RICH BLOOD by Robert Bailey-Book Review by Joseph Snoe

RICH BLOOD is the sixth Robert Bailey legal thriller I’ve read.  The characters are all new, except for Powell Conrad, who was a district attorney in the McMurtrie and Drake 4-book series, and is a trial judge in RICH BLOOD.

I liked Rich Blood, partly because it’s a good novel, partly because I like Robert Bailey’s novels, and partly because I lived in Alabama and recognize some places (like Cumberland School of Law) and some fictional characters in the novel bear a resemblance to real-life Alabama characters.

THE PLOT: The protagonist in RICH BLOOD is Jason Rich (note the tie-in to the book’s title). Rich is a personal injury plaintiffs’ attorney who blankets the state with billboards with the slogan: “In an accident? Get Rich!”

He’s in disfavor with the traditional bar, and with his father (may he rest in peace), a respected trial lawyer who was embarrassed by his son’s marketing methods. The Director of the state bar also keeps an eye on Rich.

Complicating matters, Jason Rich is an alcoholic. He was finishing an 83-day rehabilitation stint when he learned his estranged sister Jana had been arrested for hiring a hitman to murder her wealthy doctor husband (the hitman was successful I’m sorry to say). Things look bad for Jana. The murder happened shortly after her husband said he wanted a divorce and was making his money inaccessible to Jana. Jana needed $50,000 to pay her drug dealer. She was also having an affair with the dealer as part payment for her drug debts. The hitman when captured said Jana paid him $15,000 to kill her husband. Coincidentally (or not), Jana withdrew $15,000 from the bank about the same time. The drug dealer doesn’t want to be dragged into this mess, and threatens to hurt or kill Jason Rich’s nieces (Jana’s daughters) and Jason if he is implicated in the trial proceedings.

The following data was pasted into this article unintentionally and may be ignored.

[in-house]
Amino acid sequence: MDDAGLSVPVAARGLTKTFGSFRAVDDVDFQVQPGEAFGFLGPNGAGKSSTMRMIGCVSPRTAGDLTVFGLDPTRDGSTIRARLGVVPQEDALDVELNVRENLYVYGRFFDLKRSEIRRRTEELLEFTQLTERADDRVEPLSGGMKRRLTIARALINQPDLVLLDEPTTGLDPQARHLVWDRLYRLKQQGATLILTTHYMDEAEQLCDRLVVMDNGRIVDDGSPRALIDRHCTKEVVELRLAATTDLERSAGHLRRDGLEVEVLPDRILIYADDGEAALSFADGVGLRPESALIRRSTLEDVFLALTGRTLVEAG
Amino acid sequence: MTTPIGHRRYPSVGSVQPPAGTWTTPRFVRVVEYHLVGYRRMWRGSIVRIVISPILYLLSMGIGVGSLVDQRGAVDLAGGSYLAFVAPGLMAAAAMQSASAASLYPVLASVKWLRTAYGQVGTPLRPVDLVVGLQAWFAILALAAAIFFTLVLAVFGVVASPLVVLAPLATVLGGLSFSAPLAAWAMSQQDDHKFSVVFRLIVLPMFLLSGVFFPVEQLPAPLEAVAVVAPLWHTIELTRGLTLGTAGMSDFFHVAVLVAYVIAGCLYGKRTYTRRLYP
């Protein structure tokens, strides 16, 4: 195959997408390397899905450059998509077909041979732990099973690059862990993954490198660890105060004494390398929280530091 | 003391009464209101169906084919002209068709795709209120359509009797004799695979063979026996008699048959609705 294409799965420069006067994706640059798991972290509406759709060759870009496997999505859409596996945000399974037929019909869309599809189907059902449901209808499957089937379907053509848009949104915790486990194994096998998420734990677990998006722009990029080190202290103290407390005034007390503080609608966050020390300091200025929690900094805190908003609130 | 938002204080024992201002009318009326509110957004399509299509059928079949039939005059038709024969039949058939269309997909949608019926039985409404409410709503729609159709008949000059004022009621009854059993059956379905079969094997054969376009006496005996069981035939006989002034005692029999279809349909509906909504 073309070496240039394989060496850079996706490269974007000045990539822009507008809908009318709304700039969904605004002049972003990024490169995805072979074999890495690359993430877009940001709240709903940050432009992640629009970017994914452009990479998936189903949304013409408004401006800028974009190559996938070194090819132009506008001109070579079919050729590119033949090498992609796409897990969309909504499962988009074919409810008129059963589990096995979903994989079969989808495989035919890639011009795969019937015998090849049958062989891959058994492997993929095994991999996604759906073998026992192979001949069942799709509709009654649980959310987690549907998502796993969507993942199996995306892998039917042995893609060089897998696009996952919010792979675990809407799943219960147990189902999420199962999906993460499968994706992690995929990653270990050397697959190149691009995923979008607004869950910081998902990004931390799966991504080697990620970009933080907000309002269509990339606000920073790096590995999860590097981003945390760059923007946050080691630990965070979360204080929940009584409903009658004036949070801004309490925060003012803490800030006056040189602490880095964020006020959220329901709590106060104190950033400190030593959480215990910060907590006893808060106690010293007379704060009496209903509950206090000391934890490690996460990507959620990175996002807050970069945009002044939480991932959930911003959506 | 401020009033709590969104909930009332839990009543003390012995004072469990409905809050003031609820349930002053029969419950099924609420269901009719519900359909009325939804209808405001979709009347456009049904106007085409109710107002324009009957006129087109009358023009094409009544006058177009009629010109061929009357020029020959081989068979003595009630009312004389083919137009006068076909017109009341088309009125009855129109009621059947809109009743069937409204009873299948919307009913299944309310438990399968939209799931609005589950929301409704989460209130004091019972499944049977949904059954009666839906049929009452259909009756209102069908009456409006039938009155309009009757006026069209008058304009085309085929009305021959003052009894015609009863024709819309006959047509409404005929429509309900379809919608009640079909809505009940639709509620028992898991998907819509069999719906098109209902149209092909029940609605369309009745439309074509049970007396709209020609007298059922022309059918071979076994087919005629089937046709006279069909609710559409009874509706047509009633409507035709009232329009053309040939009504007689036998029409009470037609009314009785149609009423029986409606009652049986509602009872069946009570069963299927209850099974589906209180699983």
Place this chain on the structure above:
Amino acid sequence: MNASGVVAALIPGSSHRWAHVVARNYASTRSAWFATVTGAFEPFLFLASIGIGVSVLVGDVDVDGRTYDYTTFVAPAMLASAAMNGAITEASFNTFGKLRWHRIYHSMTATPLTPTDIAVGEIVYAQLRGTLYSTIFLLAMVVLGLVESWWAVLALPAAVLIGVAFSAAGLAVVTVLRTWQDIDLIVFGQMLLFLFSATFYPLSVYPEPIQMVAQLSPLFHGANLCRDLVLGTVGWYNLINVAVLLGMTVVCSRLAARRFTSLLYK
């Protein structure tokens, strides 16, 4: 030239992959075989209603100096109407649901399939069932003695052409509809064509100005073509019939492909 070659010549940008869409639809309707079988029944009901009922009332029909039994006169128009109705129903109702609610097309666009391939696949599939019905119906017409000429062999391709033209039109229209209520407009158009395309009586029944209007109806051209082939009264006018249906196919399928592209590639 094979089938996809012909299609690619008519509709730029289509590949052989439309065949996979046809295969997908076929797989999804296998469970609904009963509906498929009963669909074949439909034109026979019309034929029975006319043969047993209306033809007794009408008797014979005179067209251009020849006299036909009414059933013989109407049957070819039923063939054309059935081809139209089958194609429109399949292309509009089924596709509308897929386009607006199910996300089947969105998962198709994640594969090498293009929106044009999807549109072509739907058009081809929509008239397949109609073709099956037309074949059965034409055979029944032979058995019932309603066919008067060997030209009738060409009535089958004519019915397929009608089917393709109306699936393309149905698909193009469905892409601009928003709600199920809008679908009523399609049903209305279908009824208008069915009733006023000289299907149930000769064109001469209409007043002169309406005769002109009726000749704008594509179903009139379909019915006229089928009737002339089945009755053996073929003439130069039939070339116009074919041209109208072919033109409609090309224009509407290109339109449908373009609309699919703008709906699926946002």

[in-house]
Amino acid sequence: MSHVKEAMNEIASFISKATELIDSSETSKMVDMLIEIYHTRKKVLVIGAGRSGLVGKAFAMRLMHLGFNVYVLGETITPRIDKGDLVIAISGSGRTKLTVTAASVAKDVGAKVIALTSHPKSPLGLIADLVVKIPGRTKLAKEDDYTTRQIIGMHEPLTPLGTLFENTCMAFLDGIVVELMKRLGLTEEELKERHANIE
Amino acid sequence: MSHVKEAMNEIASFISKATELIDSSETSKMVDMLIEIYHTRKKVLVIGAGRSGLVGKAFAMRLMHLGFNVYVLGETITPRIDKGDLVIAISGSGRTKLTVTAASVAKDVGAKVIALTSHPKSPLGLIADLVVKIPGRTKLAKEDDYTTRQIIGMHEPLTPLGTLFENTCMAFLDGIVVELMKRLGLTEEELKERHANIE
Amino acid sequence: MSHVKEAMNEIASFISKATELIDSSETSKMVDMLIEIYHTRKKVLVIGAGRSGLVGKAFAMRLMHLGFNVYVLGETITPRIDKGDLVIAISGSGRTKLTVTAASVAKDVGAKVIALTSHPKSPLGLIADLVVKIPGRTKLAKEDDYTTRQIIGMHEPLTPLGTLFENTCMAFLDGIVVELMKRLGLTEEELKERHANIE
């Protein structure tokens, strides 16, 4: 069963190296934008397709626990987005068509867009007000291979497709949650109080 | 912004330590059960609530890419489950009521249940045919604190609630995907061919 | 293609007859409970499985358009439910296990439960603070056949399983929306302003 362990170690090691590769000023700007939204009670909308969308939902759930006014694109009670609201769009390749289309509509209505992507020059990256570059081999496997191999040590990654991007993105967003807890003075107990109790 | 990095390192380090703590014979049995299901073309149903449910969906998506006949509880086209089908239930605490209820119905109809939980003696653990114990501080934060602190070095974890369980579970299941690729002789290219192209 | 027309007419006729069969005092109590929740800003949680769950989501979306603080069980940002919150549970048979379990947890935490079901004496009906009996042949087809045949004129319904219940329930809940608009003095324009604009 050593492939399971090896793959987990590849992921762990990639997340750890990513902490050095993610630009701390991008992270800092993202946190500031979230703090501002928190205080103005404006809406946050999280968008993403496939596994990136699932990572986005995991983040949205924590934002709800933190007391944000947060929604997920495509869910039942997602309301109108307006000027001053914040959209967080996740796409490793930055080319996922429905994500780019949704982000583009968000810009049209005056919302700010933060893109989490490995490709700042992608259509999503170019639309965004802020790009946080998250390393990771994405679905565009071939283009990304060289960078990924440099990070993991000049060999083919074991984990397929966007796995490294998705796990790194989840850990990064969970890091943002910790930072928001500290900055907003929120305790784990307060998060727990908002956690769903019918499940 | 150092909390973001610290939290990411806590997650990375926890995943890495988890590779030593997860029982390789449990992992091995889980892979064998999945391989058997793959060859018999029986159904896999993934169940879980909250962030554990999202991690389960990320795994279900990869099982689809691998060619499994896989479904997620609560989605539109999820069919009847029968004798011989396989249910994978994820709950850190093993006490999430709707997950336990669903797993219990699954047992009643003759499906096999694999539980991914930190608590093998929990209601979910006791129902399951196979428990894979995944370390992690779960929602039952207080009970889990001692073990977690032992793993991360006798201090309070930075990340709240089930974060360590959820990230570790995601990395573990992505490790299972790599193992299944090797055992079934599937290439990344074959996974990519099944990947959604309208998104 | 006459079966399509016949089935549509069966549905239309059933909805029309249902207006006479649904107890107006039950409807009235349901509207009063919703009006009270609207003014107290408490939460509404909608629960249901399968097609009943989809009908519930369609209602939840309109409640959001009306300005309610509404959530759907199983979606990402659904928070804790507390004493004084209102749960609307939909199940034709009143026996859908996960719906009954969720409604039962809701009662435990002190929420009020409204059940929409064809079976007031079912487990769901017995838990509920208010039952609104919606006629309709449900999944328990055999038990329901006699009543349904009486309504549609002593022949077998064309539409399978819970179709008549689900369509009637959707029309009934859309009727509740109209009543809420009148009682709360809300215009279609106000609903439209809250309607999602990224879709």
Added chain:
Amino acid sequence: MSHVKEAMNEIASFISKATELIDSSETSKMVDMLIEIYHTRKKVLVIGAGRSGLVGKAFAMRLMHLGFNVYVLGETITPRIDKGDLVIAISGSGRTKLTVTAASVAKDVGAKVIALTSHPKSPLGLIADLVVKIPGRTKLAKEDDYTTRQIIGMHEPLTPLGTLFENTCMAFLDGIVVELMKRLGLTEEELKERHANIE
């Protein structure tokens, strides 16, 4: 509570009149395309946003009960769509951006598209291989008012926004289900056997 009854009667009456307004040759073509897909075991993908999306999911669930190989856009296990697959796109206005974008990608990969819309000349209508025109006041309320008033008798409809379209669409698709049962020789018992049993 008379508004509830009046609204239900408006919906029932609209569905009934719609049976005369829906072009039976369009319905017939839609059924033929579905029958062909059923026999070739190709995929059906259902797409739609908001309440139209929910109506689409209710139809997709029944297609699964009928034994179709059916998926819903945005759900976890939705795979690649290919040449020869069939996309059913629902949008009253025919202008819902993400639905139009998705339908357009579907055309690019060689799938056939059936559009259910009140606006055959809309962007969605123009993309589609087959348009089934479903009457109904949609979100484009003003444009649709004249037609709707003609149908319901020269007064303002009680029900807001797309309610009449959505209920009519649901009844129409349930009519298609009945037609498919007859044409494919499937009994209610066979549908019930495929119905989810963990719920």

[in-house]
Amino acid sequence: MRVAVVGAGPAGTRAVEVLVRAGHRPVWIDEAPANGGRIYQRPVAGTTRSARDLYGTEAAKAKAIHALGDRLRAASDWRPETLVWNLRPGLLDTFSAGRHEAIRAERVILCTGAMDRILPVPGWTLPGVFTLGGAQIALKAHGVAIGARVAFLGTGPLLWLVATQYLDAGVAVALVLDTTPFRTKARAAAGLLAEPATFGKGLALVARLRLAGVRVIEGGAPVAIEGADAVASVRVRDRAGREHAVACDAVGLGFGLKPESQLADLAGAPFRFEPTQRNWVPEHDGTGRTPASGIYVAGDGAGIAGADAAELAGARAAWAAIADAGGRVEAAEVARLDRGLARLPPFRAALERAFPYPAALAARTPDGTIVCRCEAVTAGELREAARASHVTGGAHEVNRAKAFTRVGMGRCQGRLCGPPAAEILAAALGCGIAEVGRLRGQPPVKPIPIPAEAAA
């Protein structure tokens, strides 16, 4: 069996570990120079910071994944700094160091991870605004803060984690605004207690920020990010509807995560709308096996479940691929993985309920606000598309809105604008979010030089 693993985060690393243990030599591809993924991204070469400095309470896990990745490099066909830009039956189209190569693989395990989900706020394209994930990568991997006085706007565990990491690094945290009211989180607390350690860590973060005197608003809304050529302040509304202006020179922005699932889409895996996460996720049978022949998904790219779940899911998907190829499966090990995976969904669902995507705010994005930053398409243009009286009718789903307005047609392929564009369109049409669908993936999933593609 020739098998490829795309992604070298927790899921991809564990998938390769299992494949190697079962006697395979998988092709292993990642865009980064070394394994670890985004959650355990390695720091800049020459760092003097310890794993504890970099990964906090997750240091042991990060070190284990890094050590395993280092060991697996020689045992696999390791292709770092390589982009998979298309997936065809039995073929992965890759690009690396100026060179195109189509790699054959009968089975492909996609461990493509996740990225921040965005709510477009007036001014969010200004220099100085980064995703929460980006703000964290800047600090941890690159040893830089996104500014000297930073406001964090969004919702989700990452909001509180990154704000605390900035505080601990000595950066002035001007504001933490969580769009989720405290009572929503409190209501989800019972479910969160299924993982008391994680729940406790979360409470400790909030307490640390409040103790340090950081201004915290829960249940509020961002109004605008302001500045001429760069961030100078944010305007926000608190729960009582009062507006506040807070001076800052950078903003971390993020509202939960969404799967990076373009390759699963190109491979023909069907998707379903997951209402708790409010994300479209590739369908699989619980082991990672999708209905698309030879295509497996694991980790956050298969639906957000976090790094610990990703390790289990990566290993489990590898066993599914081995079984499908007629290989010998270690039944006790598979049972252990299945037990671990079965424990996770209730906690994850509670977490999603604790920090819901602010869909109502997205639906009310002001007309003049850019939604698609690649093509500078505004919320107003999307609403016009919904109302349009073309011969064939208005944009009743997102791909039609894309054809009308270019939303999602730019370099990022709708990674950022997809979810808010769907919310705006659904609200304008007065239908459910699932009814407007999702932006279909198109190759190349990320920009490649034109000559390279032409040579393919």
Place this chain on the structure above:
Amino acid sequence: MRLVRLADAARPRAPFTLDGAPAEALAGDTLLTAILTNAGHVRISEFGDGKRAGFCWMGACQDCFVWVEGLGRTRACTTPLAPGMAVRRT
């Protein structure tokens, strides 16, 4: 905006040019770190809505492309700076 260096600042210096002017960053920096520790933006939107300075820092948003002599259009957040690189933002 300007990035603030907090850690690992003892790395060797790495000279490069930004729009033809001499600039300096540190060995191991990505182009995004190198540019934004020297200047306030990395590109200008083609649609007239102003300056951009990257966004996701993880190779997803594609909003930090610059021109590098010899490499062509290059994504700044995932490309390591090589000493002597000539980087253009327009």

Jason’s rehab mentor, his law partner, and several others strongly advise Jason NOT to take the case. The stress could drive him back to his alcoholic ways. Moreover, Jason has never tried a criminal case, and not many civil cases.

Naturally, he takes Jana’s case.

The novel has the biggest red herring I’ve ever seen. I fell for it big-time. Hence, I was thrown for a loop before I realized I had been taken.

I liked the story. Two minor qualms. I don’t like how the book ends, but it’s Bailey’s novel, so what can I do? Second. There are many characters and I often had to backtrack to remind myself who some characters were (and not confuse them with another character). Only a minor inconvenience.

This is the first book in the series. The second book in the series, “Rich Waters,” is due out next June 2023.

My rating: 4 Stars

Amazon

Barnes and Noble

Books A Million

Leave a Reply

Your email address will not be published. Required fields are marked *